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Snow and cold wallop state

Friday afternoon, the White Park pond in Concord saw single-digit temperatures, a below-zero windchill and about 30 people playing hockey, skidding across ice in sleds and skating. Clockwise from top left: John Keusch, Myana Keusch, 11, and Eniscia Gill-Foster, 5, and Zuza Blaszczak, 11. 

(ANDREA MORALES/Monitor staff)

Friday afternoon, the White Park pond in Concord saw single-digit temperatures, a below-zero windchill and about 30 people playing hockey, skidding across ice in sleds and skating. Clockwise from top left: John Keusch, Myana Keusch, 11, and Eniscia Gill-Foster, 5, and Zuza Blaszczak, 11. (ANDREA MORALES/Monitor staff)

With the holidays in the rearview mirror, January’s cruelty took center stage late this week, as near-record low temperatures were predicted for Concord last night following Thursday’s snowstorm.

And with that cruelty came varying experiences in a state known for its tough winters.

A low of minus 18 degrees, without the windchill, was expected last night, challenging Concord’s record low of minus 21 degrees set Jan. 3, 1968.

Worse, said Andy Pohl, a meteorologist with the National Weather Service in Gray, Maine, the forecast for Coos County last night called for minus 30 degrees without factoring in the windchill.

“That’s cold,” Pohl said.

The deep freeze followed Thursday’s snowstorm that slammed New England, with a pair of Massachusetts towns, Boxford and Topsfield, recording nearly 2 feet of snow by yesterday morning, Pohl said.

In New Hampshire, Newbury led the way with 12.5 inches, while Concord received 7.8 inches.

That led to numerous headaches for drivers and residents, including the shutdown of Interstate 93 near the Bow junction Thursday morning due to several accidents. Illegally parked cars downtown Thursday night also caused problems, as plows tried to clear roads before the morning commute.

“We were very busy (Thursday) night dealing with car removals because of the ban that was in effect,” said Lt. Timothy O’Malley of the Concord Police Department.

O’Malley said that the police would be on alert last night to help the homeless.

“We will work to facilitate anything if we encounter someone in that situation,” he said. “We’ve provided transports when we encounter those situations. We’ve had people come in (our) lobby in this type of weather, and we’ve tried to work with them to get them to a shelter.

“We understand that this type of cold can be life threatening,” he added.

Concord’s two overnight cold-weather shelters, at South Congregational Church and First Congregational Church, opened last month and have room for about 80 people overall, said Bill Watson, director of the program.

On average, between 15 and 20 beds between the two sites have gone unused in recent nights, Watson said.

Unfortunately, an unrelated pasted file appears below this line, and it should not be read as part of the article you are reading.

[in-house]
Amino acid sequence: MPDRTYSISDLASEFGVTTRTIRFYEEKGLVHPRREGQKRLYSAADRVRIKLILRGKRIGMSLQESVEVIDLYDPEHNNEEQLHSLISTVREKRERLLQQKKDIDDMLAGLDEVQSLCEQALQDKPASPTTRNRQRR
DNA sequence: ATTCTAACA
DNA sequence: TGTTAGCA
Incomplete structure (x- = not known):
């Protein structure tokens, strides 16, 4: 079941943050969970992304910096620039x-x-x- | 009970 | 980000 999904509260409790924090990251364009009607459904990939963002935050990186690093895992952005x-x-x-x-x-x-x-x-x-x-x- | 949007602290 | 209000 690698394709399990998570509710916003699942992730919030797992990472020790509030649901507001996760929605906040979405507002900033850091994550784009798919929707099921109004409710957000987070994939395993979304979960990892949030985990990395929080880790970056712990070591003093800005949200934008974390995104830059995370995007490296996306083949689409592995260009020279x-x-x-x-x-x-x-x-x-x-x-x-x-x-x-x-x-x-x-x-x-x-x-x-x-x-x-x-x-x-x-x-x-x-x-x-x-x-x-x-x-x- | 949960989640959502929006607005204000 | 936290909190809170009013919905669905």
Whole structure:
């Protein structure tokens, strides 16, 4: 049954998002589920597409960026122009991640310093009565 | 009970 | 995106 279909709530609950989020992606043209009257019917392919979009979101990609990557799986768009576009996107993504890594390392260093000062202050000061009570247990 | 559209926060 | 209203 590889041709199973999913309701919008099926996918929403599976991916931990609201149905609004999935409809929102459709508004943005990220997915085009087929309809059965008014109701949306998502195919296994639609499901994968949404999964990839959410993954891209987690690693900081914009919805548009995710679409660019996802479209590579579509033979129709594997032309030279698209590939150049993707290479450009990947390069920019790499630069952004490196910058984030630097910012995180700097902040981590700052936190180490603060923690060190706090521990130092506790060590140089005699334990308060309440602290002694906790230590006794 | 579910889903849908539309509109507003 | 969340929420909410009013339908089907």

“We expect the numbers are going to rise with temps like this,” Watson said. “So we make sure that we have enough drivers to get people to our sites, and we have a good supply of warm clothing, boots, socks, gloves and hand warmers.”

More than most, Watson has seen the effect this sort of weather can have on people. He said a shelter resident tried to put windshield wiper fluid in his car Thursday morning, when the temperature wasn’t nearly as low as what was expected last night and this morning.

“He got some on his hands and they froze with the fluid on them,” Watson said. “With the cold weather, it felt like it was burning him, and he was still in a lot of pain last night.

“We know other people will be suffering from hypothermia and frostbite issues if they’re not covered,” he added.

Nick Wallner of the AAA office in Concord also had warnings for the public. As of late yesterday afternoon, his organization, which includes memberships in New Hampshire, Vermont and Maine, had been averaging between 350 and 400 calls each half-hour.

“Most of the calls are for jump-starts,” Wallner said. “We’re finding that people have stretched the limits of their battery capabilities. We’re seeing six- to eight-year-old batteries that need service, when the normal usable life span of a battery is usually three to five years.”

Other problems, Wallner said, have involved keys locked in cars, occurring when motorists turn on their vehicles, then go inside while waiting for them to warm up.

Elsewhere, Tim Sink, president of the Greater Concord Chamber of Commerce, said winter may take a bite out of business, but the long-range forecast is a different story.

“The inconvenience may keep people away for a little while, but it generates traffic in terms of additional tourism into the state, and we get a piece of that,” Sink said. “People do use Concord as a base of operations if they’re going to ski. The summer beats out winter in terms of tourism in New Hampshire, but not by much. There’s a lot of activity in the winter.”

Yesterday, with the wind whipping and the temperature dropping by the hour, most businesses were quiet, including Roy Nails and Spa on South Main Street.

Usually packed during Friday’s lunch hour, only a few diehards showed up to be pampered.

One of them, Sarah Longval of Boscawen, said, “It makes you feel good; it makes you feel warm. I would come here in a blizzard when it comes to getting my nails done.”

(Ray Duckler can be reached at 369-3304 or rduckler@cmonitor.com or on Twitter @rayduckler.)

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